Harris received her bachelor’s degree from the University of Michigan and a master’s degree in social science (with a specialization in the sociology of culture) from the University of Chicago, where she also received her J.D. She clerked for Judge Joel M. Flaum on the Seventh Circuit Court of Appeals, and then briefly practiced with the firm of Morrison & Foerster in San Francisco before making her way to Berkeley. At Berkeley Law, Harris taught a variety of courses.
Harris is the author of a number of widely reprinted and influential articles and essays in critical legal theory. She is also a prolific co-author of casebooks, including Criminal Law: Cases and Materials; Race and Races: Cases and Materials for a Diverse America; Gender and Law; and Economic Justice. Along with Carmen Gonzalez, Gabriella Gutierrez y Muhs, and Yolanda Flores Niemann, she is editor of Presumed Incompetent: The Intersections of Race and Class for Women in Academia (2013), a well-received anthology focused on the experiences of women of color faculty and graduate students.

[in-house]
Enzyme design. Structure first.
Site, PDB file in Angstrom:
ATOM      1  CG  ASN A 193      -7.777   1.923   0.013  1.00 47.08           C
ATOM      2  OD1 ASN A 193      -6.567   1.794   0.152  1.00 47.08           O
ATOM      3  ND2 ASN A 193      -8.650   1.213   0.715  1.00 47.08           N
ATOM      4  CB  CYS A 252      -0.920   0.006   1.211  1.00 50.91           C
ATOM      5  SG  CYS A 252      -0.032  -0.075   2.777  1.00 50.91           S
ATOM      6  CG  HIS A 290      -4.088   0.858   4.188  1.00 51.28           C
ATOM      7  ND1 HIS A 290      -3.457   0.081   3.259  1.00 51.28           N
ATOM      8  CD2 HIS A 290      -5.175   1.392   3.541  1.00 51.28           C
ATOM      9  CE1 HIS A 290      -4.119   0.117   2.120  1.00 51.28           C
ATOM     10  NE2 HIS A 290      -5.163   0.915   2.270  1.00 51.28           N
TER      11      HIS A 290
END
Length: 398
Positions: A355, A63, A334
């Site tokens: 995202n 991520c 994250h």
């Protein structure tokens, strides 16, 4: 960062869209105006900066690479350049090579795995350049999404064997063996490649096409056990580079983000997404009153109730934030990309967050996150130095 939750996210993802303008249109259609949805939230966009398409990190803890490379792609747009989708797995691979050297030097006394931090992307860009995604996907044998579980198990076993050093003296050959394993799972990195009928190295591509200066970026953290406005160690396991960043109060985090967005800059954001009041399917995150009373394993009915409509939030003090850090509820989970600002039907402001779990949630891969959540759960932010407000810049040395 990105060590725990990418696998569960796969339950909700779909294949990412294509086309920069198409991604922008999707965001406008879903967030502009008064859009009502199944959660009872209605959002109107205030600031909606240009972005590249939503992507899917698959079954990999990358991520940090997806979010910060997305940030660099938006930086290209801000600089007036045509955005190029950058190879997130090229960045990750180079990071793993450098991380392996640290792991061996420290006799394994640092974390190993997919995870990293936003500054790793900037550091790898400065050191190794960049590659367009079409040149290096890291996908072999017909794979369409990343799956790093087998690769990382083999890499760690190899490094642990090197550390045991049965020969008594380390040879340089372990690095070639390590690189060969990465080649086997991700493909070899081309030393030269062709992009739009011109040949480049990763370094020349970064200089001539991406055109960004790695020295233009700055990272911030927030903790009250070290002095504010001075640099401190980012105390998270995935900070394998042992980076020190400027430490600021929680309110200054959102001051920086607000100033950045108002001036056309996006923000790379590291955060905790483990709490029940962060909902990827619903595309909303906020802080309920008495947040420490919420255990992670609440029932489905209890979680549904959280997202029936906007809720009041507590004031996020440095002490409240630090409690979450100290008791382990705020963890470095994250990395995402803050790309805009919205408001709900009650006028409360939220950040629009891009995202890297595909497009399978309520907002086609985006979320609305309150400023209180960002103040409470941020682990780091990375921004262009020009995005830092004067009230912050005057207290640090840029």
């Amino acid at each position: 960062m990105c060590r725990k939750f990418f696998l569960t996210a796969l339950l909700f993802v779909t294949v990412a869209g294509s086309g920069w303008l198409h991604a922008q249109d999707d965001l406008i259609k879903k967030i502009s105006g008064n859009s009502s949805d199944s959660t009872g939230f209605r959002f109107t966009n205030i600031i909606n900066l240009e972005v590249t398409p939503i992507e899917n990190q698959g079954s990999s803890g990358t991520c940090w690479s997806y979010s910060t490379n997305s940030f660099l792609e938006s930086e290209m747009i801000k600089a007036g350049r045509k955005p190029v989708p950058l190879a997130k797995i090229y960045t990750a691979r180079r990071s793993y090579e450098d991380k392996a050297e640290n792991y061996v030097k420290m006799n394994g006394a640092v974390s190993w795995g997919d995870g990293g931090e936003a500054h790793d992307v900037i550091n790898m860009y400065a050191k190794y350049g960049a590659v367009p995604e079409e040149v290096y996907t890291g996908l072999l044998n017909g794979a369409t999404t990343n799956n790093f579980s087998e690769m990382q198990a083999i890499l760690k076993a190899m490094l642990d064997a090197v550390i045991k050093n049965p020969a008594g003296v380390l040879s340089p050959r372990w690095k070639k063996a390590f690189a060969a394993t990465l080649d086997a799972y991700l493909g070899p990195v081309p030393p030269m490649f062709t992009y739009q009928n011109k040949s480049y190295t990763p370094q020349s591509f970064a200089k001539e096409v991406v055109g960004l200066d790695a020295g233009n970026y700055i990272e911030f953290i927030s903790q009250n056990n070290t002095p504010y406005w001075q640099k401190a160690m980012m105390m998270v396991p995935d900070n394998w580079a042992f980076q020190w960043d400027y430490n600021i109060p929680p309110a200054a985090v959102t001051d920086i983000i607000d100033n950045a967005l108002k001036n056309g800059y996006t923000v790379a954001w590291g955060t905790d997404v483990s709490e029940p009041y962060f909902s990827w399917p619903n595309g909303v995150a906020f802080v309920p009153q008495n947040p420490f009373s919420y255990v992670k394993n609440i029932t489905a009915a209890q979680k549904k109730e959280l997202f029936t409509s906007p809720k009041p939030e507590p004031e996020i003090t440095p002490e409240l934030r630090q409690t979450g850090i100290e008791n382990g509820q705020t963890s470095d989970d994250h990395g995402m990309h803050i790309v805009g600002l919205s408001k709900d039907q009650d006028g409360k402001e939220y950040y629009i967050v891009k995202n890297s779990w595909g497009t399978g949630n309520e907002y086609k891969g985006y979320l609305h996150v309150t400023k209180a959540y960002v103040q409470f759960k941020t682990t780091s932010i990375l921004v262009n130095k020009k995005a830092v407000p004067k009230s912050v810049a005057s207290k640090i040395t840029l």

Among other awards for her mentorship of students and junior faculty, she received the 2008 Clyde Ferguson Award from the Minority Section of the Association of American Law Schools. She played an active role in founding LatCrit, Inc. and ClassCrits, two organizations that regularly host conferences and publish symposia for legal academics and others writing from a critical perspective on issues of race, gender, ethnicity, sexuality, and class. She was also a founder of the Thelton E. Henderson Center for Social Justice at Berkeley Law. At King Hall, she founded the Aoki Center for Critical Race and Nation Studies, a student-faculty initiative that promotes scholarship, teaching and learning, and public conversation on issues of race and ethnicity at the law school and beyond.